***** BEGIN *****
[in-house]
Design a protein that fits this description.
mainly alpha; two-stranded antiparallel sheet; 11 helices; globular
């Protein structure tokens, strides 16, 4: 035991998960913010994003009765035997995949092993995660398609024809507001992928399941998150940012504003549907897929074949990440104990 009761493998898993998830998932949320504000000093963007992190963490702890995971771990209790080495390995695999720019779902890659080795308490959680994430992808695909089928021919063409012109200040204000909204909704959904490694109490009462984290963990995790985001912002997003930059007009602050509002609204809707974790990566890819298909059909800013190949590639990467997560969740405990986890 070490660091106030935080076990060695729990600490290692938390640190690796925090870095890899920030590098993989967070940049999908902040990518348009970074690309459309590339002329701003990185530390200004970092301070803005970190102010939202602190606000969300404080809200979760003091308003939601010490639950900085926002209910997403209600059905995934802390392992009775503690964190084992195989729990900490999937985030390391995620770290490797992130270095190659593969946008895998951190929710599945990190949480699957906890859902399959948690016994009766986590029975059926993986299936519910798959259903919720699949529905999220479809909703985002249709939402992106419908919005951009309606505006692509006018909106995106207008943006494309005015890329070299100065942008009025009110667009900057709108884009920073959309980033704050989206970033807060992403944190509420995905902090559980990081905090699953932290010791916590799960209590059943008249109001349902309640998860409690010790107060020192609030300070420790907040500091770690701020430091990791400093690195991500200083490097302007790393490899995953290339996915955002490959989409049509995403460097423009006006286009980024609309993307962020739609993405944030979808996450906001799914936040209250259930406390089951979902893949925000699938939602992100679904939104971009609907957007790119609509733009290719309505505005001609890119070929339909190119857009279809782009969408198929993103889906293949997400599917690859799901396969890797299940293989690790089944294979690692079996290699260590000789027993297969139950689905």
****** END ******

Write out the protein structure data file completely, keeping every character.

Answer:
[in-house]
Design a protein that fits this description.
mainly alpha; two-stranded antiparallel sheet; 11 helices; globular
């Protein structure tokens, strides 16, 4: 035991998960913010994003009765035997995949092993995660398609024809507001992928399941998150940012504003549907897929074949990440104990 009761493998898993998830998932949320504000000093963007992190963490702890995971771990209790080495390995695999720019779902890659080795308490959680994430992808695909089928021919063409012109200040204000909204909704959904490694109490009462984290963990995790985001912002997003930059007009602050509002609204809707974790990566890819298909059909800013190949590639990467997560969740405990986890 070490660091106030935080076990060695729990600490290692938390640190690796925090870095890899920030590098993989967070940049999908902040990518348009970074690309459309590339002329701003990185530390200004970092301070803005970190102010939202602190606000969300404080809200979760003091308003939601010490639950900085926002209910997403209600059905995934802390392992009775503690964190084992195989729990900490999937985030390391995620770290490797992130270095190659593969946008895998951190929710599945990190949480699957906890859902399959948690016994009766986590029975059926993986299936519910798959259903919720699949529905999220479809909703985002249709939402992106419908919005951009309606505006692509006018909106995106207008943006494309005015890329070299100065942008009025009110667009900057709108884009920073959309980033704050989206970033807060992403944190509420995905902090559980990081905090699953932290010791916590799960209590059943008249109001349902309640998860409690010790107060020192609030300070420790907040500091770690701020430091990791400093690195991500200083490097302007790393490899995953290339996915955002490959989409049509995403460097423009006006286009980024609309993307962020739609993405944030979808996450906001799914936040209250259930406390089951979902893949925000699938939602992100679904939104971009609907957007790119609509733009290719309505505005001609890119070929339909190119857009279809782009969408198929993103889906293949997400599917690859799901396969890797299940293989690790089944294979690692079996290699260590000789027993297969139950689905």